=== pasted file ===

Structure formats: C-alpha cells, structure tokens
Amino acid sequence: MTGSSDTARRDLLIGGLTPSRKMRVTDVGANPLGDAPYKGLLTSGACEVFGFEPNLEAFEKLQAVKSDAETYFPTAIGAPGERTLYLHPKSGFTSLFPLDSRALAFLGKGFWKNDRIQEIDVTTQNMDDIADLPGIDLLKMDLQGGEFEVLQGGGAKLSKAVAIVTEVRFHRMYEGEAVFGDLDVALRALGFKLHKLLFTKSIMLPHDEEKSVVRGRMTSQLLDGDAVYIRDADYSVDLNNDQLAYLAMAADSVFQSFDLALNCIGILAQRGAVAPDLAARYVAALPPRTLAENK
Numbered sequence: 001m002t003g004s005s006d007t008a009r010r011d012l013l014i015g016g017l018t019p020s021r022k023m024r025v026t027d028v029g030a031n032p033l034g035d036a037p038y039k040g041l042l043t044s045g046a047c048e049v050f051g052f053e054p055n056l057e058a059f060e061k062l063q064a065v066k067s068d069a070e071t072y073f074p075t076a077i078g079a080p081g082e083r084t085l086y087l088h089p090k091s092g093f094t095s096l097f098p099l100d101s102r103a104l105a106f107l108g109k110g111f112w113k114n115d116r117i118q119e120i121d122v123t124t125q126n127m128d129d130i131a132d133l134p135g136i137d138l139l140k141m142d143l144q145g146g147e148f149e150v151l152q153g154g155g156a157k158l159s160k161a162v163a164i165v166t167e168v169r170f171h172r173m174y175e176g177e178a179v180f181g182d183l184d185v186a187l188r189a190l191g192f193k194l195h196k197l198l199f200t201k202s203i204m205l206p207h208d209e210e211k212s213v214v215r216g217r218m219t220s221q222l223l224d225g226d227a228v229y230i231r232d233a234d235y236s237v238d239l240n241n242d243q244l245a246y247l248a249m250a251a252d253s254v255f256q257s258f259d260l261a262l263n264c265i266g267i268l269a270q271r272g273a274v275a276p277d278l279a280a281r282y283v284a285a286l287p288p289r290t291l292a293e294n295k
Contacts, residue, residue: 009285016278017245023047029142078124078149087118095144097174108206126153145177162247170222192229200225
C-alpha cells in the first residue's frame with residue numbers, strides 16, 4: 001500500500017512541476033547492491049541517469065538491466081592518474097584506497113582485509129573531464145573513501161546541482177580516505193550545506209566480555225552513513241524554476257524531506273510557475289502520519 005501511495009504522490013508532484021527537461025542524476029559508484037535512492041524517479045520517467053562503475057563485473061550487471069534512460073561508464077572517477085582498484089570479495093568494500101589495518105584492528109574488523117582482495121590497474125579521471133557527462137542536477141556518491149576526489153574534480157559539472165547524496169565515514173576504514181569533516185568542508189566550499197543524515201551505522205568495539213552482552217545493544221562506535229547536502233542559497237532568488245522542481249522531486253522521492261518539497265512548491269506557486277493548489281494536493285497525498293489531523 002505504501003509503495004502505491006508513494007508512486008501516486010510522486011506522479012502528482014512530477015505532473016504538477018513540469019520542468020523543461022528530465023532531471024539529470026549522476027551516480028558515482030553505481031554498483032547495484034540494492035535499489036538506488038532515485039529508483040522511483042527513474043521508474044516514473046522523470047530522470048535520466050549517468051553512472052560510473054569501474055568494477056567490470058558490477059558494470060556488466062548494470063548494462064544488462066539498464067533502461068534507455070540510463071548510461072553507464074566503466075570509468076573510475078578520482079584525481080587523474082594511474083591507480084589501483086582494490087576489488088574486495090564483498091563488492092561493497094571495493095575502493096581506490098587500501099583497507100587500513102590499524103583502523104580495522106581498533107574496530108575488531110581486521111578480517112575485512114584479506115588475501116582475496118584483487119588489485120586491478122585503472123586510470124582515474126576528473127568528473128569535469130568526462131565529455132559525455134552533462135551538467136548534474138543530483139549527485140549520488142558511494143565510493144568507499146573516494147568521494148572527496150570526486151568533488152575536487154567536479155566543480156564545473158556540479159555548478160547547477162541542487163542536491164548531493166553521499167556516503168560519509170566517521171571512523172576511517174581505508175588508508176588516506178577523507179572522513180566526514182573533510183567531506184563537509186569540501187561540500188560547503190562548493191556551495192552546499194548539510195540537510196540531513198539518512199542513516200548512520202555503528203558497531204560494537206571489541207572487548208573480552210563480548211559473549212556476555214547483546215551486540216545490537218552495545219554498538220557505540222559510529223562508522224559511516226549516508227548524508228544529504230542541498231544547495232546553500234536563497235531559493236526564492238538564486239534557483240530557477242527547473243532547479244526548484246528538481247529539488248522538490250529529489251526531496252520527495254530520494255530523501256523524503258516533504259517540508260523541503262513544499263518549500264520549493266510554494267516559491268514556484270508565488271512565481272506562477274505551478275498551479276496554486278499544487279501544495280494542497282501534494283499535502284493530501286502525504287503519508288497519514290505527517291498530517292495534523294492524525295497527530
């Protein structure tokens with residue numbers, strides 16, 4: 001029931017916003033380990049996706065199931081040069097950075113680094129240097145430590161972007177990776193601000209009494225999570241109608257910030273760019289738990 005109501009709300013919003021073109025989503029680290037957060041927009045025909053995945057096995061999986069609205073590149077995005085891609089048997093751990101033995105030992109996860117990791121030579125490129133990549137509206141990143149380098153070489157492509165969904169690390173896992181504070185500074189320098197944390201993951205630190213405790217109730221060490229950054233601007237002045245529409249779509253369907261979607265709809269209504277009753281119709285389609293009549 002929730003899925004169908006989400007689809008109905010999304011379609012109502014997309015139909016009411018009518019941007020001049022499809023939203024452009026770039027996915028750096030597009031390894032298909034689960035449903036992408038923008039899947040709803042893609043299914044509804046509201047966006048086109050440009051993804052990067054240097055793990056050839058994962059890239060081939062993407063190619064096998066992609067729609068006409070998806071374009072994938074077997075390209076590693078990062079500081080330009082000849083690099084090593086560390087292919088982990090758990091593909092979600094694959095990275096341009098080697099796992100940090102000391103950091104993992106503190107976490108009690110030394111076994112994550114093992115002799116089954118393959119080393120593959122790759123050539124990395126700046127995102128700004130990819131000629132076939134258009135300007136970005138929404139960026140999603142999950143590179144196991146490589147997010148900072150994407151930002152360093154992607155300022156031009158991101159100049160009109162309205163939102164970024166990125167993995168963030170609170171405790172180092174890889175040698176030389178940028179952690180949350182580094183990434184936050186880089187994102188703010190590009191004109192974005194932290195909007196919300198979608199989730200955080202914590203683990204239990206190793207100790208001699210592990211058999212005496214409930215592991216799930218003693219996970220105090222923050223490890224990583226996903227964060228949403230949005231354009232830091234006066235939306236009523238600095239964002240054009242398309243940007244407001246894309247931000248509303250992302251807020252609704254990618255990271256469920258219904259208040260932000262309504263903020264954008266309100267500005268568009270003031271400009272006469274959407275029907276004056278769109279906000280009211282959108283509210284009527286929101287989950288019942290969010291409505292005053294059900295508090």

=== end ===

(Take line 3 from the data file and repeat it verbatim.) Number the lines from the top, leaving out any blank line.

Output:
Numbered sequence: 001m002t003g004s005s006d007t008a009r010r011d012l013l014i015g016g017l018t019p020s021r022k023m024r025v026t027d028v029g030a031n032p033l034g035d036a037p038y039k040g041l042l043t044s045g046a047c048e049v050f051g052f053e054p055n056l057e058a059f060e061k062l063q064a065v066k067s068d069a070e071t072y073f074p075t076a077i078g079a080p081g082e083r084t085l086y087l088h089p090k091s092g093f094t095s096l097f098p099l100d101s102r103a104l105a106f107l108g109k110g111f112w113k114n115d116r117i118q119e120i121d122v123t124t125q126n127m128d129d130i131a132d133l134p135g136i137d138l139l140k141m142d143l144q145g146g147e148f149e150v151l152q153g154g155g156a157k158l159s160k161a162v163a164i165v166t167e168v169r170f171h172r173m174y175e176g177e178a179v180f181g182d183l184d185v186a187l188r189a190l191g192f193k194l195h196k197l198l199f200t201k202s203i204m205l206p207h208d209e210e211k212s213v214v215r216g217r218m219t220s221q222l223l224d225g226d227a228v229y230i231r232d233a234d235y236s237v238d239l240n241n242d243q244l245a246y247l248a249m250a251a252d253s254v255f256q257s258f259d260l261a262l263n264c265i266g267i268l269a270q271r272g273a274v275a276p277d278l279a280a281r282y283v284a285a286l287p288p289r290t291l292a293e294n295k